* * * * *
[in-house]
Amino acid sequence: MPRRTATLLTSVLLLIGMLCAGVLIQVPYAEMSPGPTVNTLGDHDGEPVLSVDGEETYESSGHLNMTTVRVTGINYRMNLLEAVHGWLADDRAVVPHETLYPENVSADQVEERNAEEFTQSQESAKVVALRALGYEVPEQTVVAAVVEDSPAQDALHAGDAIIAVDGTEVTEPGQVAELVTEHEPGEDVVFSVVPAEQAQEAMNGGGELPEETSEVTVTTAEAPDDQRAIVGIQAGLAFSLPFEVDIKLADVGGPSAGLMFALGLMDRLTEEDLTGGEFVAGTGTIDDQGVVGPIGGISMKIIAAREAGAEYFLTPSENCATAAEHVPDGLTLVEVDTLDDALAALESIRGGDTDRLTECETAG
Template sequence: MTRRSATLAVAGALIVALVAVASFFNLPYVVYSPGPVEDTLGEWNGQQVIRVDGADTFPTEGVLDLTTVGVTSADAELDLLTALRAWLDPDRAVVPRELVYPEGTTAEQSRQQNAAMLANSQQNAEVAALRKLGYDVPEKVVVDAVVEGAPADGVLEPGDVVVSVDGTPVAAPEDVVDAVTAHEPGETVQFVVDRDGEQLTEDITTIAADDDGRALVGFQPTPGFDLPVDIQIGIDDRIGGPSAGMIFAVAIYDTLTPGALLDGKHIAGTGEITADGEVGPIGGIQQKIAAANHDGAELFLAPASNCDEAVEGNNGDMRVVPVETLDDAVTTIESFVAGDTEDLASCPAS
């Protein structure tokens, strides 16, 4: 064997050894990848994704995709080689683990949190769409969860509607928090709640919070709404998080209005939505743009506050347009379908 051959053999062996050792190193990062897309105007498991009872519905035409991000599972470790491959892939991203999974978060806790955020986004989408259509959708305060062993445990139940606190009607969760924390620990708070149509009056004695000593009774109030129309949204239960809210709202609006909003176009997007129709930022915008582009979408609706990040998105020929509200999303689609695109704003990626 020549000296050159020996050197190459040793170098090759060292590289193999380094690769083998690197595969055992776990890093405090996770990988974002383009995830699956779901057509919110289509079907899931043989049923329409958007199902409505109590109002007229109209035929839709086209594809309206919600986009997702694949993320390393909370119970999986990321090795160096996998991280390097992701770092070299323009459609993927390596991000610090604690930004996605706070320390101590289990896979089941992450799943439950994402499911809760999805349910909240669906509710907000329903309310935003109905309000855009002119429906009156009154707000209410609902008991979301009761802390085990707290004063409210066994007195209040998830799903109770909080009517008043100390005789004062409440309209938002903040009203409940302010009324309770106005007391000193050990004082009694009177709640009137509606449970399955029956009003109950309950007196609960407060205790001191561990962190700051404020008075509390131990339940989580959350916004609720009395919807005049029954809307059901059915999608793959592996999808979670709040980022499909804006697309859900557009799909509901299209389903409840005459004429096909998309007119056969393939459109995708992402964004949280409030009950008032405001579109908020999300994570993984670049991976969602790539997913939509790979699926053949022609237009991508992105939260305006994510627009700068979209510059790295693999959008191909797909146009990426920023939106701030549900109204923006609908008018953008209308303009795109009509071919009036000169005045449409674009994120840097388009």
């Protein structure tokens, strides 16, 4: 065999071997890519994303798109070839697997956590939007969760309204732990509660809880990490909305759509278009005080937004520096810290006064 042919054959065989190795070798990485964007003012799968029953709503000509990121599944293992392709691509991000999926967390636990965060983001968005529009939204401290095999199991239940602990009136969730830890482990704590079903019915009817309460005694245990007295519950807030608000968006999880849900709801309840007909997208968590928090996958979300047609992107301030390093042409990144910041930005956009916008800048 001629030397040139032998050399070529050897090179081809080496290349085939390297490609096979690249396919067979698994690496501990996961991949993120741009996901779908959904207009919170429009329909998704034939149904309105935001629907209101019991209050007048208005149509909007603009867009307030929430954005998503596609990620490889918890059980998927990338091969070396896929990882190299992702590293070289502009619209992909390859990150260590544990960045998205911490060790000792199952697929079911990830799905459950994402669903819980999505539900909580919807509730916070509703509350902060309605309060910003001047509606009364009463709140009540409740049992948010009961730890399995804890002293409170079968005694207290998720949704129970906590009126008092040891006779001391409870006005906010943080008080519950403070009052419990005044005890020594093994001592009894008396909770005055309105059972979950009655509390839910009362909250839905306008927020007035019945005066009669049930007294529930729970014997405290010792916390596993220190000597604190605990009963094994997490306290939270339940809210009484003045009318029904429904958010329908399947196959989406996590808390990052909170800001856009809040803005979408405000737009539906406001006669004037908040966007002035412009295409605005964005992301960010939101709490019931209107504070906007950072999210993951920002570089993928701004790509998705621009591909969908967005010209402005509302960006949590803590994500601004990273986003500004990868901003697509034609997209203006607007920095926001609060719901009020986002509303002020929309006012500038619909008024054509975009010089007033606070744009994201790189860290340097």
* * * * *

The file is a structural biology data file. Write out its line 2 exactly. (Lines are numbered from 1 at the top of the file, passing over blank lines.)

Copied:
Amino acid sequence: MPRRTATLLTSVLLLIGMLCAGVLIQVPYAEMSPGPTVNTLGDHDGEPVLSVDGEETYESSGHLNMTTVRVTGINYRMNLLEAVHGWLADDRAVVPHETLYPENVSADQVEERNAEEFTQSQESAKVVALRALGYEVPEQTVVAAVVEDSPAQDALHAGDAIIAVDGTEVTEPGQVAELVTEHEPGEDVVFSVVPAEQAQEAMNGGGELPEETSEVTVTTAEAPDDQRAIVGIQAGLAFSLPFEVDIKLADVGGPSAGLMFALGLMDRLTEEDLTGGEFVAGTGTIDDQGVVGPIGGISMKIIAAREAGAEYFLTPSENCATAAEHVPDGLTLVEVDTLDDALAALESIRGGDTDRLTECETAG